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Scattering Light: Shabbat Sermon August 18, 2017

08/18/2017 09:41:41 PM


Rabbi Elisa F. Koppel

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It’s been a challenging week in the world. A week full of hatred. Full of violence. Full of fear. A week in which torch wielding Nazis rallied in the streets. A week which brought injury to many and death to one who opposed the white supremacists. A week in which Boston’s Holocaust Memorial was vandalized for a second time this summer. A week in which multiple vehicle attacks led to one of the most violent days in Spain’s recent history, injuring hundreds and killing more than a dozen individuals. A week in which reports on those attacks indicate that even worse violence had been planned. A week for which I have no words, and yet for which silence doesn’t seem to suffice either. 

A week in which, the world felt smaller. Drawn together through sympathy and through empathy. Drawn together around scattered computers and televisions and smart phones—hanging on to bits of news as they came in, and sharing in a diverse chorus of prayers for the well being of all who have suffered from the events of this week. Drawn together through fear of what comes next, and what this all means. Drawn together by shared emotional shock, and the need to respond, and not knowing how to even begin.

A week in which many of us bought glasses to safely view the coming solar eclipse, as we watched an unfiltered moral eclipse form around us. In the face of the reality of evil, theologian Martin Buber suggested that there is an Eclipse of God. That God is present, but hiding. Rabbi Jeff Salkin, my colleague, mentor, and friend, who will visit us in February for our Scholar in Residence Weekend, wrote a piece this week in which he (in his words) picks a fight with this theology. He writes: 

"As compelling as it might sound, and as powerful the image might be, I do not believe that God is in eclipse when evil happens.

What went into eclipse in Charlottesville, and in the days after Charlottesville?

Yes, it was a coming attraction of the solar eclipse.

What went into eclipse was:

    •    The human conscience.

    •    Human decency.

    •    The ethics of historical memory

…It is not human sinfulness that creates eclipses (as the sages taught; that is why there is no Jewish blessing for the sighting of an eclipse).

Rather, human sinfulness pushes our own humanity into eclipse."

As we watch the eclipse this week, perhaps we can use it to remind us of what is eclipsed in our world—and as a call to us towards action. To right that which is wrong—to bring the light of justice and righteousness to a darkened world.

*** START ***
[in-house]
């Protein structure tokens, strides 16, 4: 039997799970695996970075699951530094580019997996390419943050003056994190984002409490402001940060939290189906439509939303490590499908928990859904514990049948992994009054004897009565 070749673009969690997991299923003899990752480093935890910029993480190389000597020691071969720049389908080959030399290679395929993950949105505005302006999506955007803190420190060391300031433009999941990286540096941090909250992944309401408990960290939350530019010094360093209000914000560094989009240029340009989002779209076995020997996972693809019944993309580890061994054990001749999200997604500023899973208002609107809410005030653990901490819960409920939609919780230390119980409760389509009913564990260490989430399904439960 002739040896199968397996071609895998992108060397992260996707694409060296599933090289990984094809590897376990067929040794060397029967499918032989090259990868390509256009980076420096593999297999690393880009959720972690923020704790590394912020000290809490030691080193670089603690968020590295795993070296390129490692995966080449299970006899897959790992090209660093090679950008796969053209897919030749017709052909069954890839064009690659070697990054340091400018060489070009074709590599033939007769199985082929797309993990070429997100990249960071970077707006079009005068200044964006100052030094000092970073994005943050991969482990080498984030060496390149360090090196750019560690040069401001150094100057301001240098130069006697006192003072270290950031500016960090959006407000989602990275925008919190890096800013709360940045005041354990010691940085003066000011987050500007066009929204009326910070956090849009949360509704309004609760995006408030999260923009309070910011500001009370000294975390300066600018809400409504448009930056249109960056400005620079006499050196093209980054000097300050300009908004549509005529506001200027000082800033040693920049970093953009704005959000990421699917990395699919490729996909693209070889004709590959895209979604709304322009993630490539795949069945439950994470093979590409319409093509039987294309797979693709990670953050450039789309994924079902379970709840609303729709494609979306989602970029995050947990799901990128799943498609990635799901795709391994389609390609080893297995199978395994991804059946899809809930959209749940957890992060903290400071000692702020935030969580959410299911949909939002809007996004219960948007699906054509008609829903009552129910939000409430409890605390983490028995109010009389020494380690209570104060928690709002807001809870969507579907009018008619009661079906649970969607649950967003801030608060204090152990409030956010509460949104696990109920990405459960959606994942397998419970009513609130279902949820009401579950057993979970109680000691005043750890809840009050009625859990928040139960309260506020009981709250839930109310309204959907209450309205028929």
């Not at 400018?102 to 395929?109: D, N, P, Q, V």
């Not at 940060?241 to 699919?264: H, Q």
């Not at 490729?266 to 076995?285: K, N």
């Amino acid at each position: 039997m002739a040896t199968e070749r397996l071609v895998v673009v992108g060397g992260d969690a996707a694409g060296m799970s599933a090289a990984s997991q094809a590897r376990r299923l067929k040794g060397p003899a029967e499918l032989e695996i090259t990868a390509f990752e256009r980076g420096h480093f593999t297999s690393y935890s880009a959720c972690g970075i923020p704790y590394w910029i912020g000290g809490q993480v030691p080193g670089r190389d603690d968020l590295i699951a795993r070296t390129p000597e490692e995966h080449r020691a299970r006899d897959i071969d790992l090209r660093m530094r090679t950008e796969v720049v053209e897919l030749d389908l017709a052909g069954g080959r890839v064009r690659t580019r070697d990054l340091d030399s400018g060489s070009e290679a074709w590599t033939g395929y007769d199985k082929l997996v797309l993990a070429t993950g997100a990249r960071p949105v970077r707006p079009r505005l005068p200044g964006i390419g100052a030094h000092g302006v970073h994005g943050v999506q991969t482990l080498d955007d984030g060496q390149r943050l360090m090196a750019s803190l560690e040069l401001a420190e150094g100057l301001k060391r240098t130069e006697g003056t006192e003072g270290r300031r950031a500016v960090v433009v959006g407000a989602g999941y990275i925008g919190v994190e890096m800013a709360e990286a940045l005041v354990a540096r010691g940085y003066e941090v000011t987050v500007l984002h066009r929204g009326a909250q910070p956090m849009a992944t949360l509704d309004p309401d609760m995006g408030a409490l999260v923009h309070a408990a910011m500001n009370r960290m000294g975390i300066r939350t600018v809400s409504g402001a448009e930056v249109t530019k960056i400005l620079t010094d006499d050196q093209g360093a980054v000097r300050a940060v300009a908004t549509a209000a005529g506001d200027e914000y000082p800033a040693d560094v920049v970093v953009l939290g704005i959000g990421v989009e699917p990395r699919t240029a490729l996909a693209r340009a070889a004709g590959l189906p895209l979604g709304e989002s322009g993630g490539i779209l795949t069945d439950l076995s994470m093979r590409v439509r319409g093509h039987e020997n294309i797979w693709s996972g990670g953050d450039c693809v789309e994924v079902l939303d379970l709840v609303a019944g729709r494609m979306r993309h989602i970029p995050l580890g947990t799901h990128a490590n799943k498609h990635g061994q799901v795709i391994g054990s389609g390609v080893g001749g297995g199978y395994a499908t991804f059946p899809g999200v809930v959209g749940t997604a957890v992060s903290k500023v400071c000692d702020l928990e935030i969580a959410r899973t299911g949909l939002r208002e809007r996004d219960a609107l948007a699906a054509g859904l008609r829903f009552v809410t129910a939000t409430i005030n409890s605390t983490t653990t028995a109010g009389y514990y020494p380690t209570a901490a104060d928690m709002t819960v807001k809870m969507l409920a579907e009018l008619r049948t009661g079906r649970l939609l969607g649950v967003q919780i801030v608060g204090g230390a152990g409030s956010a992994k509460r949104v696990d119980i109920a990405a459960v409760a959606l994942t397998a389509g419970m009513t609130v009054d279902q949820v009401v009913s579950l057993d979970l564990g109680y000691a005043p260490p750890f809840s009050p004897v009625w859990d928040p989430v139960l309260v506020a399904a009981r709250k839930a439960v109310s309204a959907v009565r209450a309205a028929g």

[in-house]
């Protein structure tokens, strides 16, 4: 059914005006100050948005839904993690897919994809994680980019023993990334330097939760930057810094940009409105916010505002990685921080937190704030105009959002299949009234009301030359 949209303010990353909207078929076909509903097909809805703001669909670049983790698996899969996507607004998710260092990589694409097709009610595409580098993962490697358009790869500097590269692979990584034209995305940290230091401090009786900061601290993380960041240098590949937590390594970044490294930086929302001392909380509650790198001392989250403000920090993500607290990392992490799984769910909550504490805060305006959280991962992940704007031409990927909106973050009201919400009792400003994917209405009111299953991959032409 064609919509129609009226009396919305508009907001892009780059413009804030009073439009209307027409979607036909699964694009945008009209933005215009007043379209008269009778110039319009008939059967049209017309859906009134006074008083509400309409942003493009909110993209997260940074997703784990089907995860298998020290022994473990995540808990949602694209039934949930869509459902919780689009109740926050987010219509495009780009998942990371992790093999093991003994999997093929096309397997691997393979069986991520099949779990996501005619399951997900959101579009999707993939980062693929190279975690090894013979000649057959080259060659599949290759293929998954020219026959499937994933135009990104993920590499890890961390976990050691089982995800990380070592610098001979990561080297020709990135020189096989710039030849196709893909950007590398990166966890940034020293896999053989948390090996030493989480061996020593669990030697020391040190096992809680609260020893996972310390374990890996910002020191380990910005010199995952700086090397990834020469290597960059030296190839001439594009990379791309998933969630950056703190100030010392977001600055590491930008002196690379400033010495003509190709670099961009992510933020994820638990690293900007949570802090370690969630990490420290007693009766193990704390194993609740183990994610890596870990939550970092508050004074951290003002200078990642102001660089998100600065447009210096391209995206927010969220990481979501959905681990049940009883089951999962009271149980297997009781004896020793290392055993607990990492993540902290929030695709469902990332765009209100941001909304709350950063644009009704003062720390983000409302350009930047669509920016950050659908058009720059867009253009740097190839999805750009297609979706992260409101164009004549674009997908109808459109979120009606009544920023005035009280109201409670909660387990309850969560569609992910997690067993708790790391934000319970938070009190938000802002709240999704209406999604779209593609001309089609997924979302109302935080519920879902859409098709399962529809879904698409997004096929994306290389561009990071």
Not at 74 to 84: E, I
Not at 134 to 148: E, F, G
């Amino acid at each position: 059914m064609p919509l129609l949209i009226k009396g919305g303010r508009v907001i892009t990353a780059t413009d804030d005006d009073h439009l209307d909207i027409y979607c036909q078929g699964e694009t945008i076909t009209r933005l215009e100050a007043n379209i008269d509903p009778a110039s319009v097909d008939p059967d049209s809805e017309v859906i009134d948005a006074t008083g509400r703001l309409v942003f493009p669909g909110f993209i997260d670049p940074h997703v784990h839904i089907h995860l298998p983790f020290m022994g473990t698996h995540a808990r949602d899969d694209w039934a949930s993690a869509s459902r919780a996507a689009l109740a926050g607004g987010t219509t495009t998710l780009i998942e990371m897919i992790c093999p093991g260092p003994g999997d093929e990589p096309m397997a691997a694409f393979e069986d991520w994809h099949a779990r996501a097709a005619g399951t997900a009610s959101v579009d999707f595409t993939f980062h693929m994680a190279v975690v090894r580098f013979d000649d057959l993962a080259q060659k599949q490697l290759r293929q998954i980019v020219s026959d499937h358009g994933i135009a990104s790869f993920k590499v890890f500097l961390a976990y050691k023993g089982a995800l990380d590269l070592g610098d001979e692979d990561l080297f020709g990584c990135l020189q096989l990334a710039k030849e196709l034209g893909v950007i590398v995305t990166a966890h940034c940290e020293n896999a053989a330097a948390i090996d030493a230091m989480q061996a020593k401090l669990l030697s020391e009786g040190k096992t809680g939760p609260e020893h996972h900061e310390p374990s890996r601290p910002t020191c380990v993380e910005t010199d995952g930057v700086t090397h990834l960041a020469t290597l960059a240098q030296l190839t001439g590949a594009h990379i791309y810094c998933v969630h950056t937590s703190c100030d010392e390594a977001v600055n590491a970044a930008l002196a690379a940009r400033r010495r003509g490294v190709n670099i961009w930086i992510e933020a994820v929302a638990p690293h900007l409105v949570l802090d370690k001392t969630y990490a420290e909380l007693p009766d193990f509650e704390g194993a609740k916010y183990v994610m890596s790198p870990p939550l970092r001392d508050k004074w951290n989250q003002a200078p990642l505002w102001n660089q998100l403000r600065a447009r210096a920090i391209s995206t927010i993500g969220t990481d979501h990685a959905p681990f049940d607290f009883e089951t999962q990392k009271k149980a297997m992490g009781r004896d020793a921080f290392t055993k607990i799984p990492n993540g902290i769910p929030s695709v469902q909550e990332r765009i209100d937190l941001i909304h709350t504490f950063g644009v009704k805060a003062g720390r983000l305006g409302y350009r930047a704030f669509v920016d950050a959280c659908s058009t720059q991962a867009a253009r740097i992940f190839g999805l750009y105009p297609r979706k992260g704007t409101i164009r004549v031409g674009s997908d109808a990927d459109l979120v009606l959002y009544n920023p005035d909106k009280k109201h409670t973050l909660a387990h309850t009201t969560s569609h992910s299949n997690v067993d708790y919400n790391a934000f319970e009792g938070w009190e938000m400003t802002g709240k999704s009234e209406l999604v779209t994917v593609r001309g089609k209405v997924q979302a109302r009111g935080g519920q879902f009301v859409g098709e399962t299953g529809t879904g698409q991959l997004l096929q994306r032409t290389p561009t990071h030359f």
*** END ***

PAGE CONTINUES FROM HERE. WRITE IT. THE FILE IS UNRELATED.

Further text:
Rabbi Neal Gold wrote this week about Charlottesville. He notes that,

“In this week’s Torah portion we read two seemingly contradictory verses:

אֶ֕פֶס כִּ֛י לֹ֥א יִֽהְיֶה־בְּךָ֖ אֶבְי֑וֹן

There shall be no needy among you (Deut. 15:4)

כִּ֛י לֹא־יֶחְדַּ֥ל אֶבְי֖וֹן מִקֶּ֣רֶב הָאָ֑רֶץ

There will never cease to be needy ones in your land (Deut. 15:11).

Which is it? Will there be people in need in the future or not?”

Citing the commentary of Richard Elliott Friedman, he continues: 

"Verse 11 doesn’t mean that there will always be people in desperate straits; the Hebrew word yehdal ("cease") means that it won’t come to a stop on its own. If you want suffering to disappear, you’ve got to do something about it, reaching out to hurting brothers and sisters.

So it is with extreme hate. It isn’t just going to go away—not unless people of good faith come together and clearly articulate our vision of a decent and just society, and demand that elected leaders make it so."

That must be the vision towards which we rise.  That vision of a world that is brightened as the eclipse fades into memory is what we must work towards.  And while we cannot complete this task on our own, the rabbis remind us that it is still our responsibility to begin this work.  This is our mission: to stand up against hatred with messages of love, of justice, and of righteousness.

Exactly 227 years ago (to the day), President George Washington wrote his famous letter to the Jews of Newport, RI. His words hearken as true today as they were likely read in their original time. He speaks of the United States government, “Which gives to bigotry no sanction, to persecution no assistance.”  And in the final lines, he offers the following hope:

"May the children of the stock of Abraham, who dwell in this land, continue to merit and enjoy the good will of the other inhabitants—while every one shall sit in safety under his own vine and fig tree, and there shall be none to make him afraid. 

May the father of all mercies scatter light and not darkness in our paths, and make us all in our several vocations useful here, and in his own due time and way everlastingly happy."

May we know a time in which all citizens of this country, of this world, know a world of peace in which none are made to be afraid. May this week, as we usher in a new month, leading up to a new year, bring renewal, hope, and light. May light be scattered upon each of our paths, and our collective paths—and may we be among those who scatter that light. 

Ken Y’hi Ratzon

Sat, July 13 2024 7 Tammuz 5784